Are you high??? The 808 has some interesting technical wizardry to get round the inherent limitations of phone "form" cameras and sure if it operates in its own environment then it indeed produces great images however that is in its own environment. Most small form compacts and mirrorless and naturally DSLRs will lay waste to the 808 if you wish to shoot at any other aperture than its fixed f2.4 setting. The exposure triangle for photography is a blend of shutter speed, Aperture and ISO by fixing any single one of those points you are inevitably designing a device that is useless to any enthusiastic photographer in most circumstances.

I think someone else mentioned that all cameras are a compromise in one way shape or form and the compromises with the 808 are huge, technologically interesting and signs of massive improvement but the compromises will be massive for many years to come. It is doubtful that these products will be of any use to any commercial photographer unless a newspaper is writing another tedious advertisement masquerading as an article about how some pro has used an iphone at a sports event.
Carabosse e2
11 39.7k 269 England
23 Aug 2012 10:46AM

Quote:Personally, I don't think it's very likely that I will ever buy a digital compact again


This is my feeling also. My next phone (I don't change very often) will very likely be something on the lines of the Nokia 808 although probably not that model.


Quote:A top of the range camera lets you change more settings to get images in difficult situations. Better aperture range maybe.


A top of the range camera does not allow you to take any photos at all - if it has been left at home! You may miss that 'money shot', or even a great family moment, if you are not carrying a competent imaging device with you............ at all times.
keith selmes
11 7.1k 1 United Kingdom
23 Aug 2012 12:19PM

Quote:explain that to those that trade in for the latest each year
neither does a phone, but the photos you missed through not have the top range camera would have been really good. The good thing about the phone is, you don't wish you'd brought it with you Wink
keith selmes
11 7.1k 1 United Kingdom
23 Aug 2012 5:25PM
Please ignore last comment.
It would have made more sense if I'd done this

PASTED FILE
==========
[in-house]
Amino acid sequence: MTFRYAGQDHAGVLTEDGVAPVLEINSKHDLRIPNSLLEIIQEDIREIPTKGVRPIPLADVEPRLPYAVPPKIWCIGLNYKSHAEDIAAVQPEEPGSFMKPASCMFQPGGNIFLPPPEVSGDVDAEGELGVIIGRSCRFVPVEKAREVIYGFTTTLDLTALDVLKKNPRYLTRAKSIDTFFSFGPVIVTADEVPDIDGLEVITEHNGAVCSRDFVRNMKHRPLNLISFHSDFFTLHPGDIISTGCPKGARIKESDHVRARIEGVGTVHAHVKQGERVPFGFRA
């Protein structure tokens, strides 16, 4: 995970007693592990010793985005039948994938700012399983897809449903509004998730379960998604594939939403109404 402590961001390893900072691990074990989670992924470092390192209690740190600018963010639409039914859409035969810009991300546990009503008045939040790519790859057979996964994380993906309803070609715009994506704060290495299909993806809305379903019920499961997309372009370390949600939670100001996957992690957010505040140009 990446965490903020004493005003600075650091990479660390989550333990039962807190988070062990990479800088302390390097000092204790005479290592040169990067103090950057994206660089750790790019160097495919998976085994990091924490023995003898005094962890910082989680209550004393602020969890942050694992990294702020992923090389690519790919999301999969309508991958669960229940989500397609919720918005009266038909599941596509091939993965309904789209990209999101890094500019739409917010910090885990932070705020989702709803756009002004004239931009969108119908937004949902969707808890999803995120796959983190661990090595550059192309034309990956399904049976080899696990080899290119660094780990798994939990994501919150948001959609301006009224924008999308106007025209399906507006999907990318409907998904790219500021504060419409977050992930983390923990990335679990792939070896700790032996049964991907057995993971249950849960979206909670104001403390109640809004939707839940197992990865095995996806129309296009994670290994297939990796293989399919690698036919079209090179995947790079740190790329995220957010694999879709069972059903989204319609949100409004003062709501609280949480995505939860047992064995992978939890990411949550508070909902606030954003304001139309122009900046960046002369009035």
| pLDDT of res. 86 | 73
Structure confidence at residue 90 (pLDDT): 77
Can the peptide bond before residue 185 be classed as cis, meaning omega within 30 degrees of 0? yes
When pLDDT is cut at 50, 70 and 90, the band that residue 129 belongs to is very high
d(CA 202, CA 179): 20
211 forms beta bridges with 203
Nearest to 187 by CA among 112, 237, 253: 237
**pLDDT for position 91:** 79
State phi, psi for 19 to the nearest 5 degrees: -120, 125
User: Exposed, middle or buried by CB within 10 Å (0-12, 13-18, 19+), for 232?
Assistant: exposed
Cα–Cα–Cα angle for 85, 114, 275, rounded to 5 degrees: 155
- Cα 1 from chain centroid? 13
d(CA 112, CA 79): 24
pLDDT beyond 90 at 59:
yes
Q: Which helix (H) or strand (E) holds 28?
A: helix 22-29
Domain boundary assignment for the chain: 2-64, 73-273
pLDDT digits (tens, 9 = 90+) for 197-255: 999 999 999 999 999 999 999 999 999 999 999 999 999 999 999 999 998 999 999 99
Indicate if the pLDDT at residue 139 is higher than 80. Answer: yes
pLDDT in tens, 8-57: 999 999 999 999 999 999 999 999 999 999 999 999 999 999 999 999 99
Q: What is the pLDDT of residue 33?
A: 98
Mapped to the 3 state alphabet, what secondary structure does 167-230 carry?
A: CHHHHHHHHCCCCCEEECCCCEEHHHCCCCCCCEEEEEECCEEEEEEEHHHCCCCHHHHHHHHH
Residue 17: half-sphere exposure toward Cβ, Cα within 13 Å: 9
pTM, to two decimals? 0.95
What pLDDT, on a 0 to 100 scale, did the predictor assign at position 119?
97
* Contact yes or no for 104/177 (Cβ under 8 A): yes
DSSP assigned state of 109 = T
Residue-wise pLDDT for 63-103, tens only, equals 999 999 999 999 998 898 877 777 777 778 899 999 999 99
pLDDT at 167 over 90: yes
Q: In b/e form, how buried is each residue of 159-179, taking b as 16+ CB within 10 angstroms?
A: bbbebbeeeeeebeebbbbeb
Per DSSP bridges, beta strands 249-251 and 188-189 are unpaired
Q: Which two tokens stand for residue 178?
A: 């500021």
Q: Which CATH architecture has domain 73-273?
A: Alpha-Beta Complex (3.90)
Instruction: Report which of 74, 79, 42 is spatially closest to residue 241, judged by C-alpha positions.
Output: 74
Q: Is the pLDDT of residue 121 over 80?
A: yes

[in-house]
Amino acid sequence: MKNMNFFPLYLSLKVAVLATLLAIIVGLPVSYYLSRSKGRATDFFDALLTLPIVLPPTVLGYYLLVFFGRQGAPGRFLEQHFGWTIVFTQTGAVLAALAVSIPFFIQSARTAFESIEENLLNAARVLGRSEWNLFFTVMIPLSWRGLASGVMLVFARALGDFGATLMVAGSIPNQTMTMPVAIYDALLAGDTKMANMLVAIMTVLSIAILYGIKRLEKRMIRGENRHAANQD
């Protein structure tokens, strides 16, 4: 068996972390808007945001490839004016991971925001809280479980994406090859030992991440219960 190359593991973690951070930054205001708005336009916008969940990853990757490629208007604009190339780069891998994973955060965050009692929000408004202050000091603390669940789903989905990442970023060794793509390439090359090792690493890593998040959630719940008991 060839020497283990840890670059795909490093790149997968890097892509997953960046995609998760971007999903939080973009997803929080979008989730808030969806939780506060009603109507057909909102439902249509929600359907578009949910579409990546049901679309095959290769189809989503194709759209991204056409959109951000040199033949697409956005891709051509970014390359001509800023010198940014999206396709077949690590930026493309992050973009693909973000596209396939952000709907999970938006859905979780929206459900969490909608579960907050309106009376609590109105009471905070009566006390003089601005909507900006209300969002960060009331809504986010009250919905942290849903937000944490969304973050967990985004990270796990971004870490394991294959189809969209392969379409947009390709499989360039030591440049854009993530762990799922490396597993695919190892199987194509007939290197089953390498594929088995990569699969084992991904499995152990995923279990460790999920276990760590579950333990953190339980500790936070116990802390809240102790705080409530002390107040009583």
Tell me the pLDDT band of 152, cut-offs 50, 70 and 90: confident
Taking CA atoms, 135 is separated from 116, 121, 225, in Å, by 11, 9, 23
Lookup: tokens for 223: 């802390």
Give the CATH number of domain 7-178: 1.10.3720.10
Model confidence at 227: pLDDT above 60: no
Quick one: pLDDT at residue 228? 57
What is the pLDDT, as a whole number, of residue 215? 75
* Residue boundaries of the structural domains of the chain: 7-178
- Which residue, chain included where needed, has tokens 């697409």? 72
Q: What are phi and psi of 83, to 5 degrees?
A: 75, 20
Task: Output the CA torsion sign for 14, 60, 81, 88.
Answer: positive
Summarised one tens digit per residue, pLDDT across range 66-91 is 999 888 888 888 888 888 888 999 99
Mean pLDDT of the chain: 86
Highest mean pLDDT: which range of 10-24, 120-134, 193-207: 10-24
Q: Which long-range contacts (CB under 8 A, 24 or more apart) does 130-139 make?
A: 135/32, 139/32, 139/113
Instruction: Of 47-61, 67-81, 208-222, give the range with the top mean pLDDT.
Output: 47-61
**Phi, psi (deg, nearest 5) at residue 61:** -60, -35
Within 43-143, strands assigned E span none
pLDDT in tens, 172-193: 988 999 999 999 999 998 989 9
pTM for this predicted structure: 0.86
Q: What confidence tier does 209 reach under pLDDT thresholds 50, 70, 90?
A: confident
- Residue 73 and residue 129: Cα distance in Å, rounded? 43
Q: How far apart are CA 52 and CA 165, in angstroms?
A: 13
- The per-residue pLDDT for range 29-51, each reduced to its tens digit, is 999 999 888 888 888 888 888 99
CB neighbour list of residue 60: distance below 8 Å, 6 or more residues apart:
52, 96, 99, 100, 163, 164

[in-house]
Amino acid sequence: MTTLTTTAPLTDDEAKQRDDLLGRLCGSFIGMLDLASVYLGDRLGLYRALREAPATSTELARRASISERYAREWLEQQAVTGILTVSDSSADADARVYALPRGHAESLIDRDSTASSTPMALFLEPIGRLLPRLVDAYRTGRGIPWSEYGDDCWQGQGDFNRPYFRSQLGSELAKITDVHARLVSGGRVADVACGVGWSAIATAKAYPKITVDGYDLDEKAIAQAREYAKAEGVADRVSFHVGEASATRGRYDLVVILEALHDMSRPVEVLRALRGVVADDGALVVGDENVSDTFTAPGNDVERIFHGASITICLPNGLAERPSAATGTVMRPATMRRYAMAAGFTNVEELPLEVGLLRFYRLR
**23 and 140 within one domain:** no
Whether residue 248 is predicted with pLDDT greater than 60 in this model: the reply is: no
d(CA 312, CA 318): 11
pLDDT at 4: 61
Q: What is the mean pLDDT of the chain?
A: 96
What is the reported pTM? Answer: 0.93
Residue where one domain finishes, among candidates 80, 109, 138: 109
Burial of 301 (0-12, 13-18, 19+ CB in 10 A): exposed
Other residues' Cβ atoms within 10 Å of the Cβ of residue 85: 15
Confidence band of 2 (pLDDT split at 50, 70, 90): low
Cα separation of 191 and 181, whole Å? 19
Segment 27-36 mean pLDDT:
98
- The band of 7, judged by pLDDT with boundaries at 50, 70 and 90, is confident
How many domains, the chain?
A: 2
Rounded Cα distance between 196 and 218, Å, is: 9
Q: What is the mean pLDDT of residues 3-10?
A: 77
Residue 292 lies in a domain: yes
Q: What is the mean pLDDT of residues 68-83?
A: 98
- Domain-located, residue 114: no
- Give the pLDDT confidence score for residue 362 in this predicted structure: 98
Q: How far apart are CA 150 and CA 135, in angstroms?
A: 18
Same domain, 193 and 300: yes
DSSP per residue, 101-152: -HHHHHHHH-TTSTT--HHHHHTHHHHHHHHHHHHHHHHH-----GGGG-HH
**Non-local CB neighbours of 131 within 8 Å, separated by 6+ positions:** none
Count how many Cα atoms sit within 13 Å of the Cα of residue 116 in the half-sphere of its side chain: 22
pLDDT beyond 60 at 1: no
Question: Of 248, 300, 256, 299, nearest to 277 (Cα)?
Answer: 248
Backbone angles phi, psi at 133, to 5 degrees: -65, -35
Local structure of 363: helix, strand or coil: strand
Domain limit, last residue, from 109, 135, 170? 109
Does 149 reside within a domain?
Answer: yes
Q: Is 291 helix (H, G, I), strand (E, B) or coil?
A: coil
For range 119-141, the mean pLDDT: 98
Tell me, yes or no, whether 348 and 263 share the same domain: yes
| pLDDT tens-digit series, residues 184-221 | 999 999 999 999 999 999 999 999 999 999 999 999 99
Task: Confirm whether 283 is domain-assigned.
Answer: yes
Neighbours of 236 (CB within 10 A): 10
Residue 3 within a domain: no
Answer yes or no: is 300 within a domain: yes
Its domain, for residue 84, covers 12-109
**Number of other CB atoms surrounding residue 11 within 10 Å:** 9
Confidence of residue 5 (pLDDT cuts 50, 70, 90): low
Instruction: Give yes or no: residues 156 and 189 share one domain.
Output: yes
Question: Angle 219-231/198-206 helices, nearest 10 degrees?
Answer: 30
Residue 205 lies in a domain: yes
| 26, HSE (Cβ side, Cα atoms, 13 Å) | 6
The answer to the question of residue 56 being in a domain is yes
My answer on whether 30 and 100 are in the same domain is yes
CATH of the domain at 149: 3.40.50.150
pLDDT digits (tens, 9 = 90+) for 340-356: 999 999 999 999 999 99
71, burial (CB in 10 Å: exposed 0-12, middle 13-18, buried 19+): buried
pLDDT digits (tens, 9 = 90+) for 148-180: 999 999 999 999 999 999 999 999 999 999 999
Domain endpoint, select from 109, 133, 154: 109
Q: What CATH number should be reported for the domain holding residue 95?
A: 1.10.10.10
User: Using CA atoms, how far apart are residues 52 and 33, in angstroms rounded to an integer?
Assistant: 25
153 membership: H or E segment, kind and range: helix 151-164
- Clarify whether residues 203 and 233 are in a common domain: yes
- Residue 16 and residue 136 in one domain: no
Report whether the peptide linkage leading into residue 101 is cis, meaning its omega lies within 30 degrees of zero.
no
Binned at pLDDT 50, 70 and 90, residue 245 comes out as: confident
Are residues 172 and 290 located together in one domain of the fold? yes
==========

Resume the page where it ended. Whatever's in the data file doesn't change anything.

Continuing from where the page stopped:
Quote:A top of the range camera does not allow you to take any photos at all - if it has been left at home!

neither does a phone, but the photos you missed through not have the top range camera would have been really good. The good thing about the phone is, you don't wish you'd brought it with you
mdpontin e2
10 6.0k Scotland
23 Aug 2012 8:05PM

Quote:The good thing about the phone is, you don't wish you'd brought it with you

*scratches head, puzzled*

Okay, I think I see what you mean. But surely the point is that most people carry their phone with them even when they don't lug a ton-and-a-half of camera gear along. So a phone with a decent quality camera is in many cases the best camera, i.e. the one you have with you. I doubt if anybody disputes that it may be possible to get much better/bigger photos with a good dedicated camera system.
Carabosse e2
11 39.7k 269 England
23 Aug 2012 11:48PM

Quote:I doubt if anybody disputes that it may be possible to get much better/bigger photos with a good dedicated camera system.


Nobody will dispute that - generally speaking - you will get better quality with a dedicated camera.

However.............. you may miss many photo opportunities because you do not have that camera with you. Mobile phones tend to be carried everywhere by most owners (not 100%, I know).

With a decent camera on the phone you may get photos that you would never have obtained in the first place. The price of that may be some compromise on quality but (and this is one the points of this thread) that compromise is diminishing.
Focus_Man 4 481 631 United Kingdom
24 Aug 2012 1:49PM

Quote:Lol! The vast majority of people who take photos have never even heard of "bokeh".


Before 1997ish is was known as 'differential focussing'. we all did it when required but didn't bother to find such a crazy name. What was wrong with what we called it originally?

Had the guy who invented the word 'bokeh' never heard of differential focussing?
Carabosse e2
11 39.7k 269 England
24 Aug 2012 1:51PM
In the 'good old days' maximum depth of field used to be the goal, not minimum DoF.